Wade said that Savage’s hesitation is the part of the character he connected with most strongly during filming. “That was exactly why I wanted to play the role,” he said. Wade, who is LDS, said that at times he’s been spiritually conflicted himself. “I knew where my loyalties were,” he said, “but I also knew where my heart was, and they weren’t the same thing.”
Filming was completed entirely in Utah, with the Sevier River in southern Utah being especially useful as a scenic double for the wide, slow-moving rivers that wend through the Great Plains.
The dramatic shift in weather that befell the companies on Oct. 19, 1856 — Christensen said that the date is recorded in numerous journals, including one that reads “winter came on all at once” — meant that only about two-thirds of the movie shoot could be done in summer before crew and actors had to stop and wait for snow.
“You can create rain, or create snow falling,” Christensen said, “but you can’t create anything with any scope.” The final 10 days of the 28-day shoot were handled in actual foul weather conditions.
Too much apathy about another Mormon movie?
Despite moments of being wet and cold during the winter shoot, the actors didn’t resent suffering for their art. “There were some uncomfortable moments, but I think we’re pretty spoiled as actors,” said Mitchell, 35, who’s a family therapist in Arizona between acting jobs. When confronted with less-than-ideal filming conditions, Mitchell said, he had a ready frame of reference to keep things in perspective.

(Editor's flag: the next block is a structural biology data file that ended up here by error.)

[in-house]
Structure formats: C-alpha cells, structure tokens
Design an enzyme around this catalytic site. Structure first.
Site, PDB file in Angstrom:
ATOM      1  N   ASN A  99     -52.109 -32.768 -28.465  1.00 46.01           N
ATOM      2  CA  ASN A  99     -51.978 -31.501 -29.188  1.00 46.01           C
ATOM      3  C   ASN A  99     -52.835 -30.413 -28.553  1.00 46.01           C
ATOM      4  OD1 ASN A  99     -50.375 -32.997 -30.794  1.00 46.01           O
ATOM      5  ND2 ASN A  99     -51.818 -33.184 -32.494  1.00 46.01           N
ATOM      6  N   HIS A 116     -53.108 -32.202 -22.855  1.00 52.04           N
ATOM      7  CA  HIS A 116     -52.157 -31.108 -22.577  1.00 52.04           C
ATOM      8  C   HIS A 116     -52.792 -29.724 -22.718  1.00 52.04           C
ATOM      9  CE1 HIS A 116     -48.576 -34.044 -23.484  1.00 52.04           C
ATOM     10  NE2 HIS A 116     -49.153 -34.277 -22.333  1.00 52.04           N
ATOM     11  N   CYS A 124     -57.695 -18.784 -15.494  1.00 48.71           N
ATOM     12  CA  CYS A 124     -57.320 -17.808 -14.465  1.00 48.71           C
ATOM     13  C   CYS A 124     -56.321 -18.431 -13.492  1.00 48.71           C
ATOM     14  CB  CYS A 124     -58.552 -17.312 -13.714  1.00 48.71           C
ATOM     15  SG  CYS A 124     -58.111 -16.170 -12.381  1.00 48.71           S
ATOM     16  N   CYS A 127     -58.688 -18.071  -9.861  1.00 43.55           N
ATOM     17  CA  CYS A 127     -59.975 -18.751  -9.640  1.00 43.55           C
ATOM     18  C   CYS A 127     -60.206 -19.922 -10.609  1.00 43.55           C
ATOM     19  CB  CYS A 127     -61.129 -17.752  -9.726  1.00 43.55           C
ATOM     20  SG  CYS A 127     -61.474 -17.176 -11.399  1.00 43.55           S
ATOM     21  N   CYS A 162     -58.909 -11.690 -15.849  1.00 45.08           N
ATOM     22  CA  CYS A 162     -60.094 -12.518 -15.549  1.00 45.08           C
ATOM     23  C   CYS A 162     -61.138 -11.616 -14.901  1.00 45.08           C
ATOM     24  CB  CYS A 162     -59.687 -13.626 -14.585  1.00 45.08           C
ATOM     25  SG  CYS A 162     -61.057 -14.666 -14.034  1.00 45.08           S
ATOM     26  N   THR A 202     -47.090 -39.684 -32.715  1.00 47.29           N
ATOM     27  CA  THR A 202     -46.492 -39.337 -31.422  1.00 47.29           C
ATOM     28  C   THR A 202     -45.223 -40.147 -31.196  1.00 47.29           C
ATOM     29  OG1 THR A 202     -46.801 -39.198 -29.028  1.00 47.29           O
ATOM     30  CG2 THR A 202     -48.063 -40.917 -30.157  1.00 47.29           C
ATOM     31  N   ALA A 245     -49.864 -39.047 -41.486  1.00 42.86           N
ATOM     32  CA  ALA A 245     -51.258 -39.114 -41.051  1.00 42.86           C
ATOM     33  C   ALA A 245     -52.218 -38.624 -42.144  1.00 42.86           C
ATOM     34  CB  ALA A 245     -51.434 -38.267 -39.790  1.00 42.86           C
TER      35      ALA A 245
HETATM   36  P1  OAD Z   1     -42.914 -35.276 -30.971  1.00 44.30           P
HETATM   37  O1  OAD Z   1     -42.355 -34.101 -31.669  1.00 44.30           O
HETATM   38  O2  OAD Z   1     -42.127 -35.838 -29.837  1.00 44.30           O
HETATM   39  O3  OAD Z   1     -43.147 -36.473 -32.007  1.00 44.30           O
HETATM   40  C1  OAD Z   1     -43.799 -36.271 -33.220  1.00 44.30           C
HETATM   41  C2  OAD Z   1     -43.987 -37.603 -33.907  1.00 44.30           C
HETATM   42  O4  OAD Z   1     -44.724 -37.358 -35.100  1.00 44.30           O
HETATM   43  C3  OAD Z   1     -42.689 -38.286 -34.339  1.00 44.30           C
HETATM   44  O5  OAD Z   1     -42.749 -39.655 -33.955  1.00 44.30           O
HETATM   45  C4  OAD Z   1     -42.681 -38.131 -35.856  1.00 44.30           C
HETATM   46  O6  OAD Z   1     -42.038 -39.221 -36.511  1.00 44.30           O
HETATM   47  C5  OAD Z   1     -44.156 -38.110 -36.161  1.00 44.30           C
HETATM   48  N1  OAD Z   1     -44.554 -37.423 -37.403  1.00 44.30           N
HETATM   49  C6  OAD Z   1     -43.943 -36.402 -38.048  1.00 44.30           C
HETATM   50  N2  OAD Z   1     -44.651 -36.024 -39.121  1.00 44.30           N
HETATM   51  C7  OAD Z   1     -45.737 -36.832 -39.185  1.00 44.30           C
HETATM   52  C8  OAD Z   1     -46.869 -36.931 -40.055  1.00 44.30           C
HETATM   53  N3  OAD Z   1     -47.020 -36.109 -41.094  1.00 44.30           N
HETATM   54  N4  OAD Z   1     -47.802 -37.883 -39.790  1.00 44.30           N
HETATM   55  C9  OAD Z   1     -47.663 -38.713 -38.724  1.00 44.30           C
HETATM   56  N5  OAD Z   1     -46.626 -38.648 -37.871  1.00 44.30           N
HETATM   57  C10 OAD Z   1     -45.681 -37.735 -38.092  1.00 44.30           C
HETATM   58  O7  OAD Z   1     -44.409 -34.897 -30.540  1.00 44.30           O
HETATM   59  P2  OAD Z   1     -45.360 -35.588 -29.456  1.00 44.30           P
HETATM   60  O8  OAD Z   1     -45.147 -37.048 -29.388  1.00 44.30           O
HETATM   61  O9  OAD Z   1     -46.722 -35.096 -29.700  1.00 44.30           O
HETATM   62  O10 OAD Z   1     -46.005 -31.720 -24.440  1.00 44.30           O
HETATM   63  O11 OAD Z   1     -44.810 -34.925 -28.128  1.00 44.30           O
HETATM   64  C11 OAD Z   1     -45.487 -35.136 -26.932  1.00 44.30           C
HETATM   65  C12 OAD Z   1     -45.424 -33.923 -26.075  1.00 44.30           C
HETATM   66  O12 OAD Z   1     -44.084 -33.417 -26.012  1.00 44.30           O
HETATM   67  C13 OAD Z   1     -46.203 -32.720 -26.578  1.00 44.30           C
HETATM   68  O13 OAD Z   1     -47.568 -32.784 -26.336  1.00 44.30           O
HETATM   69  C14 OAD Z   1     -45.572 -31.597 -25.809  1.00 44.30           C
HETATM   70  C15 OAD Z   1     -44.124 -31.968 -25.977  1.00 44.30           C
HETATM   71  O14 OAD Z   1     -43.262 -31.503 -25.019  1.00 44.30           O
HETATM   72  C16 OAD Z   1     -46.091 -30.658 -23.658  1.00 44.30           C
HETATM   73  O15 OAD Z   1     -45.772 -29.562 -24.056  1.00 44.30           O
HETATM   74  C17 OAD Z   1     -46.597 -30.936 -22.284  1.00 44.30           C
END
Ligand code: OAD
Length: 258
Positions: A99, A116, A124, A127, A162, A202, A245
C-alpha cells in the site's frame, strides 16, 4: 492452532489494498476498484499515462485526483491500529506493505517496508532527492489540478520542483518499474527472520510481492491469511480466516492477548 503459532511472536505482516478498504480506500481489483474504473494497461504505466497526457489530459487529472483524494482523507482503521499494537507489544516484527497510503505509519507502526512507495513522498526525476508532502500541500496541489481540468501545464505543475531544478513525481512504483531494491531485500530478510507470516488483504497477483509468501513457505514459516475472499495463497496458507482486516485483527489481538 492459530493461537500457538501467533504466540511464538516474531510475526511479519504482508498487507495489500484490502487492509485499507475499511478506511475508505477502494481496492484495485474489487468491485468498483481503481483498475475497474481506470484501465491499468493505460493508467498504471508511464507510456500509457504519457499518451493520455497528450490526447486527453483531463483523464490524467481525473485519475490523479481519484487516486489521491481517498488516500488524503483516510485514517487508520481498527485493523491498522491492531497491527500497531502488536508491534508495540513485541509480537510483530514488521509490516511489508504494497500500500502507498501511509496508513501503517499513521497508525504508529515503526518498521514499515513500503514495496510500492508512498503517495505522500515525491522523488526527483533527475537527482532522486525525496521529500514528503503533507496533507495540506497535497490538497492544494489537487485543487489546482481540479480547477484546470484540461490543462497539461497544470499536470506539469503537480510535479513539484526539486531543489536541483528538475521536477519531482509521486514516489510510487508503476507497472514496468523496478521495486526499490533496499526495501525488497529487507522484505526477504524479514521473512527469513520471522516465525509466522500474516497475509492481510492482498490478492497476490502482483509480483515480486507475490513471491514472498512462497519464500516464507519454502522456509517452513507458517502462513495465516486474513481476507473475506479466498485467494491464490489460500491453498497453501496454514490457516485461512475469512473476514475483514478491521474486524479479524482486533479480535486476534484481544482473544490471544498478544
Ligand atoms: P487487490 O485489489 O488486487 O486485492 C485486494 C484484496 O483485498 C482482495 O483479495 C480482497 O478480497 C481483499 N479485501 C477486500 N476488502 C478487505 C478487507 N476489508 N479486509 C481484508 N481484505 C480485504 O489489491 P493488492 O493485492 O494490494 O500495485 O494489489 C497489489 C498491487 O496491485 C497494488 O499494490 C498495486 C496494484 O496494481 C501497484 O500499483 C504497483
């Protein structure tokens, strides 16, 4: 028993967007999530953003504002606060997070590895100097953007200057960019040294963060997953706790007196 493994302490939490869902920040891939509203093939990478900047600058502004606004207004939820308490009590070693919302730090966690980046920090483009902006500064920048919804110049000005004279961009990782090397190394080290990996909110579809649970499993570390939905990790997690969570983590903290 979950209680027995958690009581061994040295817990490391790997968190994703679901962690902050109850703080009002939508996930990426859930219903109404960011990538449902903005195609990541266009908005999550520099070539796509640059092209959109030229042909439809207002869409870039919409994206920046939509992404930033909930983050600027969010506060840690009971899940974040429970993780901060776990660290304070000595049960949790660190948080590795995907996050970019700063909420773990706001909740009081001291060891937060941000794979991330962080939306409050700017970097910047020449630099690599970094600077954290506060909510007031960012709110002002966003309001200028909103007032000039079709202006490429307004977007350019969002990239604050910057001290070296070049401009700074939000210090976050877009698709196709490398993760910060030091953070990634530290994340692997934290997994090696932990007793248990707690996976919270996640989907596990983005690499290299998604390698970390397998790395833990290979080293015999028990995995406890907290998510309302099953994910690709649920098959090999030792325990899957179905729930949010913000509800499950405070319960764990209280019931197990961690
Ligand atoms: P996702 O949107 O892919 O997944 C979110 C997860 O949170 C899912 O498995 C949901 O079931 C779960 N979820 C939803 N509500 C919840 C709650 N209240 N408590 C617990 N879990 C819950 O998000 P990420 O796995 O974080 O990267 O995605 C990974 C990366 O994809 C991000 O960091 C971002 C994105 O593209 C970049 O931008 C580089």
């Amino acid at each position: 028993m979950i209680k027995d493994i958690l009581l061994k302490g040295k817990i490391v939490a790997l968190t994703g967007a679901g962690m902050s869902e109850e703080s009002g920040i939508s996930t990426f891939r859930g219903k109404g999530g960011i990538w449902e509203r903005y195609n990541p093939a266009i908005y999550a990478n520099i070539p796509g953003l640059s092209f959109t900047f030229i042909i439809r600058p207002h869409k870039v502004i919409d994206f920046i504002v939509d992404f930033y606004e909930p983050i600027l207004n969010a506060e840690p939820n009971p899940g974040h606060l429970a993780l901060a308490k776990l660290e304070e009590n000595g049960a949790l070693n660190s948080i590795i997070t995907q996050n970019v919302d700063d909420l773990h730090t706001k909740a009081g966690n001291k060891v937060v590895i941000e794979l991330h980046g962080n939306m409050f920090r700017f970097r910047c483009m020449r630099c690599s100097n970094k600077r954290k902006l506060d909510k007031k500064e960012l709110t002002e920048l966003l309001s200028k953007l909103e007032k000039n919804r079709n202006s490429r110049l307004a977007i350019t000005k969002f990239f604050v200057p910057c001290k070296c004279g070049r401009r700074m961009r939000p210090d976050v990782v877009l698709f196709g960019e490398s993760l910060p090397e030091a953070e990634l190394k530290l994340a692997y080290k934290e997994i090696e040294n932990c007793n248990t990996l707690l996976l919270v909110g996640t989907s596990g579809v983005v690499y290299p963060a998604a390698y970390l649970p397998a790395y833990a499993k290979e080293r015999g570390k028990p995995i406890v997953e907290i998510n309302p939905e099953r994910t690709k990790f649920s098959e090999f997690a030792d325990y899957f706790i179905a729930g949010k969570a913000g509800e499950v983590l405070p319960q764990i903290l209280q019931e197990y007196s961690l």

“Every time I would start to think, ‘Man, this is not very fun at all,’ all I would need to do is think about the actual handcart pioneers,” he said.
Wade, who works as a firefighter for the Bureau of Land Management, said that he actually relished the more physical challenges of making the film. “I love getting down and dirty,” he said. “It helped me forget about the acting part.”
Christensen said it was no small task finding the funds to make “17 Miracles.” Period movies are expensive and don’t always find a ready audience, in Utah or elsewhere. And though Mormon-themed movies were a hot item 10 years ago, the genre has come to be viewed as a financial sinkhole.
The key for Christensen was finding people who believed in the project, and believed in his lengthy resume from 35 years of filmmaking. (Christensen’s body of work received an impressive show of respect from his peers when he was admitted to the American Society of Cinematographers last summer.)
The production costs on “17 Miracles” were “less than $1 million,” Christensen said, “but it looks like it was $50 million.”
Deseret Book film subsidiary Excel Entertainment, which is distributing the film theatrically and on DVD, is hoping that local interest in LDS history will reward the film’s limited release, which might potentially be expanded to such nearby states as Colorado, Washington and Arizona.
“There are a lot of people in Utah who are literal descendants of the people portrayed in this film,” said Excel business operations manager Dave Brown. “That’s the kind of thing they care much more about than the latest film with Angelina Jolie.”
Christensen said he’s aware of the dicey prospects for a locally made Mormon-themed movie, but that he hopes “17 Miracles” will be powerful enough to “make people sit in the dark and care for 100 minutes.”
“If I can do that, then I won’t worry that there have been a lot of flops.”